As a turbulent year of global insecurity and turmoil comes to a an end—with the US-led war against terrorism in full swing and with Indian and Pakistani guns trained on each other—expatriates living in Phnom Penh, while perhaps more aware of global politics, seem to be going about their business as usual.
While the consensus seems to be the US has entered a new era of vulnerability, foreigners living in Phnom Penh seem removed from world politics and secure in their safety.
Bharat Shah, a pharmaceutical expert from Bombay, India, said he is concerned for his family and relatives back home, but he just wants to go about his business.
“We are not here to discuss politics, we are here to do business. We are here as expats, so why should we discuss what is happening at home? What is going to happen in the future is going to happen anyway,” he said.
He also scoffed at the notion that tensions between India and Pakistan have made the journey to Cambodia.
“Basically, the main point is not that they are Muslims and we are Hindus, or Indians and Pakistanis,” Shah said. “Here we can sit together and eat together because we are not terrorists. The biggest problem is only terrorism and killing of innocent people.”
That may be true, but affairs back home still come up, Pakistani restaurateur Mohammad Noor-ullah said.
“Yes, we discuss politics, and of course we have different opinions. There are more Indians than Pakistanis here, but when we get outside our countries, we are all friends,” he said.
Britons also seem content in Phnom Penh, but for slightly different reasons. Somewhat used to a barrage of media coverage of events like the war in Afghanistan, British expatriates appear relieved to be away from all the news.
Emma, an English teacher, followed the news closely only for a week or so after the Sept 11 attacks. Tansy, a restaurateur, believes news agencies are ignoring other relevant stories while blowing the US-led campaign out of proportion. Neither woman would give her last name.
“The BBC has completely forgotten the genocide case against Slobodan Milosevic at the Hague at the moment,” Tansy said.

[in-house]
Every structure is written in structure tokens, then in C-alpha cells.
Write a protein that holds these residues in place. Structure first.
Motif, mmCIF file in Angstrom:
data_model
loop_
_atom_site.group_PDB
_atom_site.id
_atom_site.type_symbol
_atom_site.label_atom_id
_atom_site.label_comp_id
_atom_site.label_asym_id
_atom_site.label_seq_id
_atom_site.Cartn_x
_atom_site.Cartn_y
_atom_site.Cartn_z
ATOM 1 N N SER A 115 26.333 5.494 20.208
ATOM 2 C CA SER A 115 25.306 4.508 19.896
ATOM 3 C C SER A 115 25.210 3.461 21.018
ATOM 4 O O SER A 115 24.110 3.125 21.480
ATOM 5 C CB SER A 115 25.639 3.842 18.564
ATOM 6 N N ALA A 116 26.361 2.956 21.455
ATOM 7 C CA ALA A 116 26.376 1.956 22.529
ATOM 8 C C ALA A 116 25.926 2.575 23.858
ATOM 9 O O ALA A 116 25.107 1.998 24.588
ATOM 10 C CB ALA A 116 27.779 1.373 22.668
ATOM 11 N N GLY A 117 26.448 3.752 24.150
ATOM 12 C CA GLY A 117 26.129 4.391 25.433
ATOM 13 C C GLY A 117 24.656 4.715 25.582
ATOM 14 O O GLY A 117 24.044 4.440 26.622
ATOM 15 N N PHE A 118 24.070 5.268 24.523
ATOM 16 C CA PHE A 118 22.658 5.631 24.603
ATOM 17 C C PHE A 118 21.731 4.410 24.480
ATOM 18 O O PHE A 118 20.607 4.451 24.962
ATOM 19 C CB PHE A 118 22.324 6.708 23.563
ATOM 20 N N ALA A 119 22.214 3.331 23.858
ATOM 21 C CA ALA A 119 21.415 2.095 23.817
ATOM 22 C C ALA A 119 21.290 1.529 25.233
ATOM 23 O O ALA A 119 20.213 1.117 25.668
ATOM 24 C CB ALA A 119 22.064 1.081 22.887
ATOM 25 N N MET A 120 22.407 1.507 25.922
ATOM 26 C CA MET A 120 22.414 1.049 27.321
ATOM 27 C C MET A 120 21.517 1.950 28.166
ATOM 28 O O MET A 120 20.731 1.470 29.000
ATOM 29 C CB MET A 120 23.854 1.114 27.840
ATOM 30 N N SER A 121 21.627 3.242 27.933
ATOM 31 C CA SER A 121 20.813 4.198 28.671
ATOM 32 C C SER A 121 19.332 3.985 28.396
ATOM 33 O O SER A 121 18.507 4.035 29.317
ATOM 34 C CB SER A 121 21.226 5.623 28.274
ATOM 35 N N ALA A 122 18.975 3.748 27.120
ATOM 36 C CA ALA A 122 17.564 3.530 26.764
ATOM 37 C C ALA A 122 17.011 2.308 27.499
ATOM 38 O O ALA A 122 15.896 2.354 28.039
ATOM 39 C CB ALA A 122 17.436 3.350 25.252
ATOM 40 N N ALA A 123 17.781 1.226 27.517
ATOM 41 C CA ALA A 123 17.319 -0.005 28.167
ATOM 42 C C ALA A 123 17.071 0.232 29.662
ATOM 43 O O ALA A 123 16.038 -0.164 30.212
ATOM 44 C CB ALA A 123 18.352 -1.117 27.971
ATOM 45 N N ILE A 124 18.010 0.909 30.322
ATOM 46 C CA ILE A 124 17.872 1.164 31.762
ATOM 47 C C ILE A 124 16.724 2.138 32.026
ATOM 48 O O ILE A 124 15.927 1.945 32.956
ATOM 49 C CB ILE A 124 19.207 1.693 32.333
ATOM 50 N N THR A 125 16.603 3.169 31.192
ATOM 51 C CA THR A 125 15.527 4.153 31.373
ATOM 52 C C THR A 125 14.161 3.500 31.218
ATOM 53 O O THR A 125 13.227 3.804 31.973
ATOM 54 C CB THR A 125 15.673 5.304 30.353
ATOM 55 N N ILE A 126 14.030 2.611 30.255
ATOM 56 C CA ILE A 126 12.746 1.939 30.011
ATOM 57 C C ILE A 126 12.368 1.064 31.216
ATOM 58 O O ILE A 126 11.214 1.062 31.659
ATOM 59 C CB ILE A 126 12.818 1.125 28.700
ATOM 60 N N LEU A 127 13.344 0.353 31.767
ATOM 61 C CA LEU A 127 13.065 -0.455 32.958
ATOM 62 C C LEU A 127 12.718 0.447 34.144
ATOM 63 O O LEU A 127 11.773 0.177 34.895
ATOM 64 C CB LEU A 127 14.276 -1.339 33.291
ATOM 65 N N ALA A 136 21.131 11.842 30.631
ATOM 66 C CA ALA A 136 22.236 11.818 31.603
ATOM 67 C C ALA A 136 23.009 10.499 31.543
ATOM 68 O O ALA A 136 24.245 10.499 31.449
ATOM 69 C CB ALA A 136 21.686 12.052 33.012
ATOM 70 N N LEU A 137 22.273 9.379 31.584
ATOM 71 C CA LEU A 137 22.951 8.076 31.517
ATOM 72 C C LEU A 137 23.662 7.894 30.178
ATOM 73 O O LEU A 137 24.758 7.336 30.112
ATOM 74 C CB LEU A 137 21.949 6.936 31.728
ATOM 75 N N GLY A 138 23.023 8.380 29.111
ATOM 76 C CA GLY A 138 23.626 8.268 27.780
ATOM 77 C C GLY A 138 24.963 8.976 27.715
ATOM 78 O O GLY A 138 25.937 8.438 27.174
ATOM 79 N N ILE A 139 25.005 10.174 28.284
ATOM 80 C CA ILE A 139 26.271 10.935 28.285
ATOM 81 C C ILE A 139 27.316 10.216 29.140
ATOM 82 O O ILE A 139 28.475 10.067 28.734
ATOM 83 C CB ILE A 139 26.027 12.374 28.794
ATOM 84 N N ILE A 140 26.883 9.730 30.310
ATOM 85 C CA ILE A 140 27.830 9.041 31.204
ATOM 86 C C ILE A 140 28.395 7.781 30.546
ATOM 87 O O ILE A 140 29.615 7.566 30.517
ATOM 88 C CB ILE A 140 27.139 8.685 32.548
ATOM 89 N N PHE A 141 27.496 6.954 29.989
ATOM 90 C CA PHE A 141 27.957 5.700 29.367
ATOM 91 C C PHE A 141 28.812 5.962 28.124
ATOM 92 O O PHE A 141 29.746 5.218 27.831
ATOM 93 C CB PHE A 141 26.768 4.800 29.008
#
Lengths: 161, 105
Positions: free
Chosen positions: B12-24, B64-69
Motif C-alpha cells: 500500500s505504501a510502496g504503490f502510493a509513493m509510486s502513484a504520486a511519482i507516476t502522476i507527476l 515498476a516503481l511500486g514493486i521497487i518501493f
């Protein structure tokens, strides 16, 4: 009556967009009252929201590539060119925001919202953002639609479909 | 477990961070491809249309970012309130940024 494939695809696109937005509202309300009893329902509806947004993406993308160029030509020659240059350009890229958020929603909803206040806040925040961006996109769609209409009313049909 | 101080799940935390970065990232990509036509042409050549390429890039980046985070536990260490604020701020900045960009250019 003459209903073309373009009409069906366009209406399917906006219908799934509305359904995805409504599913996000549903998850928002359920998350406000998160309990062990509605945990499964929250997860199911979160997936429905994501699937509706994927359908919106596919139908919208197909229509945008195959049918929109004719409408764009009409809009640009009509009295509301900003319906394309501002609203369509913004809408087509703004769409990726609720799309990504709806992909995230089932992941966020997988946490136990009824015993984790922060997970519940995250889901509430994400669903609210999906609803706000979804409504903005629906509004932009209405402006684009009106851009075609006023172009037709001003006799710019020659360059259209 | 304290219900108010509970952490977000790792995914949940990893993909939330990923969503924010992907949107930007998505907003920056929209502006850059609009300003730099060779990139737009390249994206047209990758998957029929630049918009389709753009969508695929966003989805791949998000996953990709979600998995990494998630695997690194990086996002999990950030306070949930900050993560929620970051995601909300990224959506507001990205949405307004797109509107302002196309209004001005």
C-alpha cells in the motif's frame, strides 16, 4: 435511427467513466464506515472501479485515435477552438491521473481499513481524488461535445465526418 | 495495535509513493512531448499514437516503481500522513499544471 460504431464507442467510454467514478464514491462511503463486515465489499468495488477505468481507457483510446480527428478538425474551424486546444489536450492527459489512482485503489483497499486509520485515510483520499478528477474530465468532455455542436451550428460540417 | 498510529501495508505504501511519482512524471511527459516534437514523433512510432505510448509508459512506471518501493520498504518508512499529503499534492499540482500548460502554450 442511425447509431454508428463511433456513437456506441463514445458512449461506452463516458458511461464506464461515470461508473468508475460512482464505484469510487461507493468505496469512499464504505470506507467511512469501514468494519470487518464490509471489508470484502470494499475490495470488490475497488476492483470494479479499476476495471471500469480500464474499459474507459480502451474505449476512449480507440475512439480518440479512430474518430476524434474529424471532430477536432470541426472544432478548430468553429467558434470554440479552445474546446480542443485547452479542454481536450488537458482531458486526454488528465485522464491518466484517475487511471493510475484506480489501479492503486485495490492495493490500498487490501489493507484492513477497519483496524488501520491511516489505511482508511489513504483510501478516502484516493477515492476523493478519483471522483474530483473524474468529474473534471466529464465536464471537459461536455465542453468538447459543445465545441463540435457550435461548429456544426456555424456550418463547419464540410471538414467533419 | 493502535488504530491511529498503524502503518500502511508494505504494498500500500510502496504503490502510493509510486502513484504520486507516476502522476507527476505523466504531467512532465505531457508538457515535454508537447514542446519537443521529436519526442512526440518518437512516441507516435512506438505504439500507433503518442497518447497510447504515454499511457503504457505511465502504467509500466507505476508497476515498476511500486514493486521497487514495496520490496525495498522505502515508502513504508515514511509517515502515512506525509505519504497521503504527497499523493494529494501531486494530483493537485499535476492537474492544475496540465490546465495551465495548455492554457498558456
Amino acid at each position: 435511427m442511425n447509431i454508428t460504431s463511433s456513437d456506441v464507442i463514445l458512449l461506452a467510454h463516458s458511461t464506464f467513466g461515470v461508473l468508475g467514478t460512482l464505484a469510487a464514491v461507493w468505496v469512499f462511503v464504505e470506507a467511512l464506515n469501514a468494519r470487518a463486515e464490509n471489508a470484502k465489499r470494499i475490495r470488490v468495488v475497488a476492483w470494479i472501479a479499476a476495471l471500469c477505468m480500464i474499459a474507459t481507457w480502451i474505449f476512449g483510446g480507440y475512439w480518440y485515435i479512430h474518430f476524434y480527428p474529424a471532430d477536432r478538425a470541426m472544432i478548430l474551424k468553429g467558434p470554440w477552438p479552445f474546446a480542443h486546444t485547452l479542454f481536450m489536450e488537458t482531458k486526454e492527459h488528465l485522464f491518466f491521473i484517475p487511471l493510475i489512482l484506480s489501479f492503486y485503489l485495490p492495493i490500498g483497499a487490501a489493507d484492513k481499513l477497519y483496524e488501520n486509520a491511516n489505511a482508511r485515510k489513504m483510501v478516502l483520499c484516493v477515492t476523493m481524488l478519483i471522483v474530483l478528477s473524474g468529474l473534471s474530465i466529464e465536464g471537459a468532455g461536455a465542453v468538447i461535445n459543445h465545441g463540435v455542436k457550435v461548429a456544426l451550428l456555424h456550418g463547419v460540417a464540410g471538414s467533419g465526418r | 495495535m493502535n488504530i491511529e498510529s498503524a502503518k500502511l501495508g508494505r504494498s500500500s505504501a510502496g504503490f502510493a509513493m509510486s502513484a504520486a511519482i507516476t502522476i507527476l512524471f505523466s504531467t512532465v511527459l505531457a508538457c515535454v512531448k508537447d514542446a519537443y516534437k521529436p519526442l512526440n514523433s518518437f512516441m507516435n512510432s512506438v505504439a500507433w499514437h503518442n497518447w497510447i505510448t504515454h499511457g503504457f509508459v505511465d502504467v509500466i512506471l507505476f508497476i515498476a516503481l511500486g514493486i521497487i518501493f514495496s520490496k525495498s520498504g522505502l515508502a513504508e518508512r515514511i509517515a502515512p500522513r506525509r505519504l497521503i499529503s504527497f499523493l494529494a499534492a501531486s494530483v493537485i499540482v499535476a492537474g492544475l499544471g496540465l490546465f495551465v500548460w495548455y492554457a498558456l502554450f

Most of the news coverage these days, though, is “completely irrelevant,” Emma said.
“I feel really removed from the hysteria over here,” said Tansy, who listens to the BBC World Service in her car on the way to work. “A lot of the time I’m glad I am here and not [home] being bombarded constantly with the media opinion, the way we were with the 1991 Persian Gulf War.”
US citizen Kathryn Lucatelli, an NGO worker, said she didn’t think her safety was an issue.
“I don’t come from a worrying family, but when you come right down to it, I feel that I am safer here in Cambodia [than in the US],” she said. “But also it’s not altogether unsafe in America.”
The US has become aware of its vulnerability, Lucatelli said.
Tansy and Emma, however, said terrorist attacks in England have long been a fear. Both said they couldn’t understand why there is so much hysteria surrounding it now.
“We’ve had [Irish Republican Army] attacks, and that never bothered anyone, and all of a sudden there is this frenzy,” Tansy said.
US citizens followed the events closely as they first began to unfold, Lucatelli said.
“It put America on par with the rest of the world. It showed us we were not exempt,” she said.
Both Emma and Tansy said they were glad to be overseas.
“I’d hate to be back at home. When you are back at home, everyone gets caught up in it, and everybody wants to know what’s going on, and it’s actually not that relevant,” Emma said.
“We probably have a more realistic perspective from over here,” Tansy said.